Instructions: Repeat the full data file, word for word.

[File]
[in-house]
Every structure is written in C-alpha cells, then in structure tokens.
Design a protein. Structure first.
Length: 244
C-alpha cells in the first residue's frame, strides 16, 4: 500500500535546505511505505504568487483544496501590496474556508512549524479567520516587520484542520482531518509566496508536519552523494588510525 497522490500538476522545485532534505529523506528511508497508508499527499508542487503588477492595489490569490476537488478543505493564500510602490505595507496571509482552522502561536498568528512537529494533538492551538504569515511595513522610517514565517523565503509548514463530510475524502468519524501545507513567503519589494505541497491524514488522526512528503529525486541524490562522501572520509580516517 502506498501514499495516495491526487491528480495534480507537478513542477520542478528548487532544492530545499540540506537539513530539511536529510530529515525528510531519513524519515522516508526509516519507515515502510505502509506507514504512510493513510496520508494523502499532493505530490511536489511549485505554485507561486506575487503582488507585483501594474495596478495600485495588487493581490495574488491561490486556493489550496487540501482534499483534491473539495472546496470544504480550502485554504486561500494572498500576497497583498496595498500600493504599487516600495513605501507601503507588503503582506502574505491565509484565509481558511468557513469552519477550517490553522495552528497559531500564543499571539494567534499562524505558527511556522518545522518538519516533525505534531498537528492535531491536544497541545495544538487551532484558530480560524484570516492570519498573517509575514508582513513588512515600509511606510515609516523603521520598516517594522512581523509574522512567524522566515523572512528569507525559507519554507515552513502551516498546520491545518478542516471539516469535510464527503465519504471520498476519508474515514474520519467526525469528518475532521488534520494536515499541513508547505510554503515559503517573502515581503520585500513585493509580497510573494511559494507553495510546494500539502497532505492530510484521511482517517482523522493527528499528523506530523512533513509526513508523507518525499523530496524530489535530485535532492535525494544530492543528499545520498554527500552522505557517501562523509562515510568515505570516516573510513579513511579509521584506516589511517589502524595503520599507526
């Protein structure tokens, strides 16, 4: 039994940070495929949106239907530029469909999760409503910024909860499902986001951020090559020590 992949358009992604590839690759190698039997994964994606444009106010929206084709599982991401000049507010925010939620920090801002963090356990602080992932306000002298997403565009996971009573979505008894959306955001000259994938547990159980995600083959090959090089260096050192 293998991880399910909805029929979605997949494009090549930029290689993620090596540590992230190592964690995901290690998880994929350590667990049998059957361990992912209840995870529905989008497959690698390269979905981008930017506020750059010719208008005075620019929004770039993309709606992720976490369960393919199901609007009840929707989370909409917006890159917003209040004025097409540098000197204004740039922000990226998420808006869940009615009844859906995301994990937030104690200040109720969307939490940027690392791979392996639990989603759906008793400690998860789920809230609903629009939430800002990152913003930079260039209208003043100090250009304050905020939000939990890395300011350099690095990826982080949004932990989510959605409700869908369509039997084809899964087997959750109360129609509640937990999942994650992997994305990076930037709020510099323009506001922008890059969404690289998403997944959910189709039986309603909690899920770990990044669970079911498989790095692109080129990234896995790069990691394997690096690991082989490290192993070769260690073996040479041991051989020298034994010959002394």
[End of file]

[in-house]
Every structure is written in C-alpha cells, then in structure tokens.
Design a protein. Structure first.
Length: 244
C-alpha cells in the first residue's frame, strides 16, 4: 500500500535546505511505505504568487483544496501590496474556508512549524479567520516587520484542520482531518509566496508536519552523494588510525 497522490500538476522545485532534505529523506528511508497508508499527499508542487503588477492595489490569490476537488478543505493564500510602490505595507496571509482552522502561536498568528512537529494533538492551538504569515511595513522610517514565517523565503509548514463530510475524502468519524501545507513567503519589494505541497491524514488522526512528503529525486541524490562522501572520509580516517 502506498501514499495516495491526487491528480495534480507537478513542477520542478528548487532544492530545499540540506537539513530539511536529510530529515525528510531519513524519515522516508526509516519507515515502510505502509506507514504512510493513510496520508494523502499532493505530490511536489511549485505554485507561486506575487503582488507585483501594474495596478495600485495588487493581490495574488491561490486556493489550496487540501482534499483534491473539495472546496470544504480550502485554504486561500494572498500576497497583498496595498500600493504599487516600495513605501507601503507588503503582506502574505491565509484565509481558511468557513469552519477550517490553522495552528497559531500564543499571539494567534499562524505558527511556522518545522518538519516533525505534531498537528492535531491536544497541545495544538487551532484558530480560524484570516492570519498573517509575514508582513513588512515600509511606510515609516523603521520598516517594522512581523509574522512567524522566515523572512528569507525559507519554507515552513502551516498546520491545518478542516471539516469535510464527503465519504471520498476519508474515514474520519467526525469528518475532521488534520494536515499541513508547505510554503515559503517573502515581503520585500513585493509580497510573494511559494507553495510546494500539502497532505492530510484521511482517517482523522493527528499528523506530523512533513509526513508523507518525499523530496524530489535530485535532492535525494544530492543528499545520498554527500552522505557517501562523509562515510568515505570516516573510513579513511579509521584506516589511517589502524595503520599507526
């Protein structure tokens, strides 16, 4: 039994940070495929949106239907530029469909999760409503910024909860499902986001951020090559020590 992949358009992604590839690759190698039997994964994606444009106010929206084709599982991401000049507010925010939620920090801002963090356990602080992932306000002298997403565009996971009573979505008894959306955001000259994938547990159980995600083959090959090089260096050192 293998991880399910909805029929979605997949494009090549930029290689993620090596540590992230190592964690995901290690998880994929350590667990049998059957361990992912209840995870529905989008497959690698390269979905981008930017506020750059010719208008005075620019929004770039993309709606992720976490369960393919199901609007009840929707989370909409917006890159917003209040004025097409540098000197204004740039922000990226998420808006869940009615009844859906995301994990937030104690200040109720969307939490940027690392791979392996639990989603759906008793400690998860789920809230609903629009939430800002990152913003930079260039209208003043100090250009304050905020939000939990890395300011350099690095990826982080949004932990989510959605409700869908369509039997084809899964087997959750109360129609509640937990999942994650992997994305990076930037709020510099323009506001922008890059969404690289998403997944959910189709039986309603909690899920770990990044669970079911498989790095692109080129990234896995790069990691394997690096690991082989490290192993070769260690073996040479041991051989020298034994010959002394």